IFOA: What do you hope to achieve?

Bare It For Books: First and foremost, we hope that the Bare It For Books calendar can provide some additional exposure (no pun intended) for our showcased authors. We’re diehard CanLit fans and more than happy to spread the love – there’s a wealth of literary talent in this country and we’re pleased to be in a position to shine a light on some of these names. The 2014 calendar includes a mix of both well and lesser-known authors, and it’s our hope that we can extend the reach of CanLit beyond the booklover and into the everyday!

But we also hope that the calendar, being as it is a nearly-nude project, can spark discussions in our literary community about censorship, expression in art, and how lucky we are as Canadians to be able to exercise this expression on a regular basis.

IFOA: You two did a promo photo together. What was that like?

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Promo shot for Bare It For Books with Amanda Leduc and Allegra Young © Shelagh Howard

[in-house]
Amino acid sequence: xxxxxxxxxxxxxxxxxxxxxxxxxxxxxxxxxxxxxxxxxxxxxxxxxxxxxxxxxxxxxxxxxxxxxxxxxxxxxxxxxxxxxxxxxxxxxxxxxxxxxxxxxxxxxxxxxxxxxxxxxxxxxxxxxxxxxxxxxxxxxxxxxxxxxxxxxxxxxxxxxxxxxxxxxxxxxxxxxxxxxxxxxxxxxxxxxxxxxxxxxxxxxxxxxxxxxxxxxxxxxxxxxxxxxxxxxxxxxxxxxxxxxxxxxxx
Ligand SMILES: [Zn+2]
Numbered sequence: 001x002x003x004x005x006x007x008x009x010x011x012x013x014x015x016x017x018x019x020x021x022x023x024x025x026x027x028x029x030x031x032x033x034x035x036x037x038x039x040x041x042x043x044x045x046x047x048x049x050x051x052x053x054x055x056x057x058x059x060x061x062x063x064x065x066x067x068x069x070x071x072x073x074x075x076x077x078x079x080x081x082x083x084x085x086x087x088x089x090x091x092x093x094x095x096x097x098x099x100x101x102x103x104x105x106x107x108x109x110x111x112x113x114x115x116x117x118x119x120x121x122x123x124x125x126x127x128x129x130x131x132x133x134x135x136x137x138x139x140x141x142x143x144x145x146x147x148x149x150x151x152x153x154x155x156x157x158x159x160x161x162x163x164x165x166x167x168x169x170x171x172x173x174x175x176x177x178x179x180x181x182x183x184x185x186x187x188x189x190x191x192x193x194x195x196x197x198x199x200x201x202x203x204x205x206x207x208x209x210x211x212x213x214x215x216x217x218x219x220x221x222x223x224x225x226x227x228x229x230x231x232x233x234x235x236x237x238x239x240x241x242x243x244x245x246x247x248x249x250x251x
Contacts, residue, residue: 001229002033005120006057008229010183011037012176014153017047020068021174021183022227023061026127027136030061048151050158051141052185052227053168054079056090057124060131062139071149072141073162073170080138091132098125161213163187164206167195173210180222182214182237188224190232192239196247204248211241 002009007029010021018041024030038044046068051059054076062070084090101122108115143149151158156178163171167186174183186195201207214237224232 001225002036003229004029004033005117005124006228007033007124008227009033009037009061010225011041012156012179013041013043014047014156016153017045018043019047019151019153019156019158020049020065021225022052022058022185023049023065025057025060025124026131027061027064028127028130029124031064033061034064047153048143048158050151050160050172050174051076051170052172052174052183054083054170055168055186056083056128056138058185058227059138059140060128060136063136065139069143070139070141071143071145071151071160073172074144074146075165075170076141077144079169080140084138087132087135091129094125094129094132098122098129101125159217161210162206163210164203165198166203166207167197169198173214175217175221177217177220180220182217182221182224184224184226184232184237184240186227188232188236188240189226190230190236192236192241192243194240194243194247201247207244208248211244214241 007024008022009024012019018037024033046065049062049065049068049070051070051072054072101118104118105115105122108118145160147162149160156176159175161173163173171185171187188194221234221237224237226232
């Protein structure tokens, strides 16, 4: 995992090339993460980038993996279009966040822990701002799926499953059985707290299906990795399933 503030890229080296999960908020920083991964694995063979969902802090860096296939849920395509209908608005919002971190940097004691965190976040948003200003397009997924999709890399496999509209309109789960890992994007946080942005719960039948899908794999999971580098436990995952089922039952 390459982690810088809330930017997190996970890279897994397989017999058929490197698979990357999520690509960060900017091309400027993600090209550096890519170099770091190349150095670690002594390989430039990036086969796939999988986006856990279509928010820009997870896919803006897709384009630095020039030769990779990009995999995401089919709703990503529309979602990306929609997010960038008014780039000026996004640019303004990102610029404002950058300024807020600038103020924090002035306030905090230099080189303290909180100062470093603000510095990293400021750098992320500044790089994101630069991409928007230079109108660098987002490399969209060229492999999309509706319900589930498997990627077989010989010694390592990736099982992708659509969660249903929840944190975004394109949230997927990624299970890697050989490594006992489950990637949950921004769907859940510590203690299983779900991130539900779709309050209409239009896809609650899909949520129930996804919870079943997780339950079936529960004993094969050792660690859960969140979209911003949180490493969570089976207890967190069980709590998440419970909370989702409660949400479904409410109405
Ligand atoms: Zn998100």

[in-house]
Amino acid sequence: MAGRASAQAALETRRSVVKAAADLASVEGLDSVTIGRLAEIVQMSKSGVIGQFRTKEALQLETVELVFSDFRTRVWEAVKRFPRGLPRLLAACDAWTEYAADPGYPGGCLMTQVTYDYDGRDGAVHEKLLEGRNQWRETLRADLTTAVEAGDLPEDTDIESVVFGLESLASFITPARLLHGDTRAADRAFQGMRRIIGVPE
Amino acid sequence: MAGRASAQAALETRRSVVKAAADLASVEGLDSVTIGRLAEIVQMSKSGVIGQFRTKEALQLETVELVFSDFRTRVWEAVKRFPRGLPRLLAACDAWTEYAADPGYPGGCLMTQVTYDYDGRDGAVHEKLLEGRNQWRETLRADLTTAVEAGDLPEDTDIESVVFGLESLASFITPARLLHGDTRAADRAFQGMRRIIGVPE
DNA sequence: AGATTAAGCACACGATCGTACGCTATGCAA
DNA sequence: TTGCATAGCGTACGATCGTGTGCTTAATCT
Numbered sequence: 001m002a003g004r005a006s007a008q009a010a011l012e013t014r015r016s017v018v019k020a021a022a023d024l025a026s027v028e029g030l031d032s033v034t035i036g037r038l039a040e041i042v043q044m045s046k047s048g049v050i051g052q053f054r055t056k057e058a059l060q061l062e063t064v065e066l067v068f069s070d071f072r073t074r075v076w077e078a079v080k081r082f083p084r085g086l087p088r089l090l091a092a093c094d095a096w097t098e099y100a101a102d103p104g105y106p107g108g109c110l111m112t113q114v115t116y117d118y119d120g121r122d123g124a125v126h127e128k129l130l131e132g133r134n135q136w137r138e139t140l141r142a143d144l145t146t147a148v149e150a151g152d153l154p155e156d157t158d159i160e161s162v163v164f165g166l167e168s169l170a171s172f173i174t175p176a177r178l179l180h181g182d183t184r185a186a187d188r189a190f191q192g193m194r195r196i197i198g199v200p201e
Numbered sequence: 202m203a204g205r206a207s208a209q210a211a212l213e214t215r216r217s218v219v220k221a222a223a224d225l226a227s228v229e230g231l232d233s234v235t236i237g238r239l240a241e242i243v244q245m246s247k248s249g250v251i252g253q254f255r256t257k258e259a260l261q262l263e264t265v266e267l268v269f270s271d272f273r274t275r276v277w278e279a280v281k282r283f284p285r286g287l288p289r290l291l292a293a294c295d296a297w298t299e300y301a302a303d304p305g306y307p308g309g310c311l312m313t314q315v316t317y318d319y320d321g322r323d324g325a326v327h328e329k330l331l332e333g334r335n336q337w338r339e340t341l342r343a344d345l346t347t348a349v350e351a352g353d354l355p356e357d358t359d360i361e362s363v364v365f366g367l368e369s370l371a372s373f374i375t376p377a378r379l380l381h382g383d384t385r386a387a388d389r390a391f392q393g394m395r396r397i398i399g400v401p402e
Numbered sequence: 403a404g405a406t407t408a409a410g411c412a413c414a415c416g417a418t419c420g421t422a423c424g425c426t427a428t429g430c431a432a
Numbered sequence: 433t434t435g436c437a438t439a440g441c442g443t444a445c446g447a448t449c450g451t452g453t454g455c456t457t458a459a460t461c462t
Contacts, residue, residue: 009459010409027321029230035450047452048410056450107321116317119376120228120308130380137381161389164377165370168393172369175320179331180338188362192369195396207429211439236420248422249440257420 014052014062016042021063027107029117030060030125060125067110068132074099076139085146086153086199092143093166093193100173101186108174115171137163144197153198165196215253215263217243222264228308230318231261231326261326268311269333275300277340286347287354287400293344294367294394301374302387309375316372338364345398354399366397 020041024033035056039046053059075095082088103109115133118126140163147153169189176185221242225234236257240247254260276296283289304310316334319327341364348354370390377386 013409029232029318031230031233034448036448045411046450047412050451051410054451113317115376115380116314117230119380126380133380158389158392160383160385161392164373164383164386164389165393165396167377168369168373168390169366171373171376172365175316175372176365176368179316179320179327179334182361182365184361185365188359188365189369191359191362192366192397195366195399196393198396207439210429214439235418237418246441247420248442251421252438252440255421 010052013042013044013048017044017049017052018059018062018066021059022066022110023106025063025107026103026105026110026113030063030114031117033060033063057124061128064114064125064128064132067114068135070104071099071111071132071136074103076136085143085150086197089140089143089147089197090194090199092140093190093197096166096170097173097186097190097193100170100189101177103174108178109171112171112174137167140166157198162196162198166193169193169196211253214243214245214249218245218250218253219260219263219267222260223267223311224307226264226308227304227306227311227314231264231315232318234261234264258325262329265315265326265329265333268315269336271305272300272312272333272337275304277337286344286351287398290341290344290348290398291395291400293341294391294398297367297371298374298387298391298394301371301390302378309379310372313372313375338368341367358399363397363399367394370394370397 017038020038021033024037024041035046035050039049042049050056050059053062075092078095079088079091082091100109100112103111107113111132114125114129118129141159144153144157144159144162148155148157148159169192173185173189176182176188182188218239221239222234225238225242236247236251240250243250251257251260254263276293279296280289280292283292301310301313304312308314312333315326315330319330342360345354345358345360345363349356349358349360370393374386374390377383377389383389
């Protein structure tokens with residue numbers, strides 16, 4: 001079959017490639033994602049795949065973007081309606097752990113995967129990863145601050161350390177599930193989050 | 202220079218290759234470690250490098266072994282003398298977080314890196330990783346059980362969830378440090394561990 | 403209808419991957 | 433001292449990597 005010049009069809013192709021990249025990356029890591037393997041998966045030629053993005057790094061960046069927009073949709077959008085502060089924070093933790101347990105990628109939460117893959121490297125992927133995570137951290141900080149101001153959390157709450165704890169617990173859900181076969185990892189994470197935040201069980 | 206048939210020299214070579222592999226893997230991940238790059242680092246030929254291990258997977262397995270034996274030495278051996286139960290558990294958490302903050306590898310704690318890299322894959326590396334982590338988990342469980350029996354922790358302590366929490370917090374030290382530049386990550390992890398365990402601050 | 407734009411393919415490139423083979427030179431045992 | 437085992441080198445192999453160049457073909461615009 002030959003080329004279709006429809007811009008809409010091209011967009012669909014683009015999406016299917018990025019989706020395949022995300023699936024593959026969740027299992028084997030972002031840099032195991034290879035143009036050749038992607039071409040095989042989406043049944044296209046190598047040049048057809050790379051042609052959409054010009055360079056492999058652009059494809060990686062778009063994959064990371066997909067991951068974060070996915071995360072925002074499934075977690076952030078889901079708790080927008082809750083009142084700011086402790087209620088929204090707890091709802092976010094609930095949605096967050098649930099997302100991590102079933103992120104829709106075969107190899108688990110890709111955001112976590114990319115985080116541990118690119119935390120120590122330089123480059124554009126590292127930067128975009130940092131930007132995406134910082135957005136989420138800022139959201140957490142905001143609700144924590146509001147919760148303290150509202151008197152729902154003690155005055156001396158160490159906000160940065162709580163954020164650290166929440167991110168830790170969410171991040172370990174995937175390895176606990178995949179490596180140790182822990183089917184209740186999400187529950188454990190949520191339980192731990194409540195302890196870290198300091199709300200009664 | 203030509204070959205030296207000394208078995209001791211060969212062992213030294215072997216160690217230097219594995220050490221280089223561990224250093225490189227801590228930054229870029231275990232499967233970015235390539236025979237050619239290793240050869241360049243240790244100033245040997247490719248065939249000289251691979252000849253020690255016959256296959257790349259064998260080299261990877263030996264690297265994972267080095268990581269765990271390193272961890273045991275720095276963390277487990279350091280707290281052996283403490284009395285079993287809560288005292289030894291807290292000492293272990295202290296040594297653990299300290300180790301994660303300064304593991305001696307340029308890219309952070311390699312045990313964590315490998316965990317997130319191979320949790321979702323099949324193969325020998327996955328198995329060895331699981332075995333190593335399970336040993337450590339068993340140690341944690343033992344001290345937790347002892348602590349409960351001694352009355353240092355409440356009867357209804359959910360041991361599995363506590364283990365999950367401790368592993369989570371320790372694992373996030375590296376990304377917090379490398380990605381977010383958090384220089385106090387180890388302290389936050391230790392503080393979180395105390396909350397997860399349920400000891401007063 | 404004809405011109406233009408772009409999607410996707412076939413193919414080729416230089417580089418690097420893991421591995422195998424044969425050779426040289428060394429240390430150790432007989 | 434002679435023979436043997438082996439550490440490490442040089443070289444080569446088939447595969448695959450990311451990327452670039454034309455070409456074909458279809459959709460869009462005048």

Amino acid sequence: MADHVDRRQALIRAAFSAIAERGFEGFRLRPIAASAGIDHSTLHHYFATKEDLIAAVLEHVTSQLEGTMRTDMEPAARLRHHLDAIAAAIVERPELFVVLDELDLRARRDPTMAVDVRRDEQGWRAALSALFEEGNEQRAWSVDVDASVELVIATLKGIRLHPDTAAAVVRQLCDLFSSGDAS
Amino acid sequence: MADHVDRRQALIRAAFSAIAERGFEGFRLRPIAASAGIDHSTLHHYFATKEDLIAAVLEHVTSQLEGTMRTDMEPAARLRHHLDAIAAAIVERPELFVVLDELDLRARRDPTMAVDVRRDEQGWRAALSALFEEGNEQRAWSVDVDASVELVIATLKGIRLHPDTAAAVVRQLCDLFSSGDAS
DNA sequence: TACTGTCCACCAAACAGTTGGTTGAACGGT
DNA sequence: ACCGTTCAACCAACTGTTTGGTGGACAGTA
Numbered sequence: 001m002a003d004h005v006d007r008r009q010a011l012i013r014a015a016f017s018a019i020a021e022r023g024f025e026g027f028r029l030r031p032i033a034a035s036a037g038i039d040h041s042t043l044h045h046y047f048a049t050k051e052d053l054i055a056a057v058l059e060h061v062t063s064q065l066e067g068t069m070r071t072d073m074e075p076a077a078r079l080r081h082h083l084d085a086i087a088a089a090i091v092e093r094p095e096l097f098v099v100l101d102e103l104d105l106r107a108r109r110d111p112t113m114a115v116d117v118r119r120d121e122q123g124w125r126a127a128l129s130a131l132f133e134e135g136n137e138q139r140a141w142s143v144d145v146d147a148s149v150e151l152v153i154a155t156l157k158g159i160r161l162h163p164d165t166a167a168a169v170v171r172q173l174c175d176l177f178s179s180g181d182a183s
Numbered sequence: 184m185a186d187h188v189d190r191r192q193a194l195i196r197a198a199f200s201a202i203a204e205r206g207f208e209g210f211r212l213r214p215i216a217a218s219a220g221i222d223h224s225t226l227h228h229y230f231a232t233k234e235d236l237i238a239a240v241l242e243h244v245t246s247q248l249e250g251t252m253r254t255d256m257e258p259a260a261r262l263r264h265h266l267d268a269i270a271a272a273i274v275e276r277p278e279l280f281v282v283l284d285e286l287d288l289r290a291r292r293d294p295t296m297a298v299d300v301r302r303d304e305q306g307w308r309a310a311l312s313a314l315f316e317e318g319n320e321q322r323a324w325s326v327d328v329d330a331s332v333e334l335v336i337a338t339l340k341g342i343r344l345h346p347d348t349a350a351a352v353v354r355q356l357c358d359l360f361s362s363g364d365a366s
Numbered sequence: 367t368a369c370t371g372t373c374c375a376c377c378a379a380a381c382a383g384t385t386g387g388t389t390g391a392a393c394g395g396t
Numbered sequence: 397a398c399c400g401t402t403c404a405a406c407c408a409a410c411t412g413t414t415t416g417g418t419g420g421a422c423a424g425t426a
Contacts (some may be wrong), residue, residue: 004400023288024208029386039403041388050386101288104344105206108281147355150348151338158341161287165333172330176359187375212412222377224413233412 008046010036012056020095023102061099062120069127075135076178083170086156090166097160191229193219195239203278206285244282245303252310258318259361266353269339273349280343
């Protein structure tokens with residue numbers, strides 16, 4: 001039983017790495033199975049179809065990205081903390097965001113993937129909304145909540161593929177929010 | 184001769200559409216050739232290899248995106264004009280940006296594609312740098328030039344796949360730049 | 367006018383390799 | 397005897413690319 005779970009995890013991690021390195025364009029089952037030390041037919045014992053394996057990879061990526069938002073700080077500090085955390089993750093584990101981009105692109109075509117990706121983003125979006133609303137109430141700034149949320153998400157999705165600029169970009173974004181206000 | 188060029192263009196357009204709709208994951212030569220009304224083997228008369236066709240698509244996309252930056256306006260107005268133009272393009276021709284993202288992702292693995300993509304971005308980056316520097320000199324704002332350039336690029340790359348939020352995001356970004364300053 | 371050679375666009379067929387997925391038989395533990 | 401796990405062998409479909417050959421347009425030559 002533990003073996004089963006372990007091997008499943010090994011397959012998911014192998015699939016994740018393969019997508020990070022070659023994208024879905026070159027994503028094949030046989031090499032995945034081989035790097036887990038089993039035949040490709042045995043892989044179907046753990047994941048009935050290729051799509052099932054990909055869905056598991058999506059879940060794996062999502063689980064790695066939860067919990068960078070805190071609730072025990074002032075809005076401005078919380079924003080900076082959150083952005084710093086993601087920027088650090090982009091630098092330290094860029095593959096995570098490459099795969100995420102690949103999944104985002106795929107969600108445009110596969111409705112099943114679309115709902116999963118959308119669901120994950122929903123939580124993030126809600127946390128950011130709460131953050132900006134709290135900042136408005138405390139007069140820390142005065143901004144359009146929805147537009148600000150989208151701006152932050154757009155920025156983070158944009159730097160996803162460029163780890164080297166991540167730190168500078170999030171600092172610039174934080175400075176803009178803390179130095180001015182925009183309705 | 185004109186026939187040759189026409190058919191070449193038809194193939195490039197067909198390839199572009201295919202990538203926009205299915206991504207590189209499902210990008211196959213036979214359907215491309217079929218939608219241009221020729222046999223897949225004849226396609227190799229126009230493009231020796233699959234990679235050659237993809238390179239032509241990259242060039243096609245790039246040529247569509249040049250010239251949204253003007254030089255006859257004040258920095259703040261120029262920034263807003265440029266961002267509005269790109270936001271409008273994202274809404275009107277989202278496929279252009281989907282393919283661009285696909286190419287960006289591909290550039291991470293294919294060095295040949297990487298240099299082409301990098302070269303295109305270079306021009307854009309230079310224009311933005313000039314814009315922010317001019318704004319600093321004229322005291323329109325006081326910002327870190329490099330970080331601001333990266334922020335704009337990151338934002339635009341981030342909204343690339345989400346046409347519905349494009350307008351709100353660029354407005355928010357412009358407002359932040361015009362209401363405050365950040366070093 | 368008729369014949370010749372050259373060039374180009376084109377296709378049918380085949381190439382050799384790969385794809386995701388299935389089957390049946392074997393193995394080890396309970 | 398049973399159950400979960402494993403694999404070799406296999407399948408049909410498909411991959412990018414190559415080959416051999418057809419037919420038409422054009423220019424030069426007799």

Bare It For Books: So much fun. Our Toronto-based photographer is Shelagh Howard, who did our shoot, and with the help of her business partner, Carole Tothe, we had a great time. It was very relaxed and hilarious and professional all at the same time. There was a moment when we looked at each other before we doffed our fluffy white bathrobes and thought, “Well, there’s no going back now!”

IFOA: Finish this sentence: The Internet is…

Bare It For Books: The greatest, most dangerous rabbit hole you’ll ever fall into.

Interested in donating to help make the Bare It For Books calendar become a reality? Donate to their indiegogo campaign here. Hurry, there’s one day left! For more information on the project including a list of this year’s participants visit bareitforbooks.ca.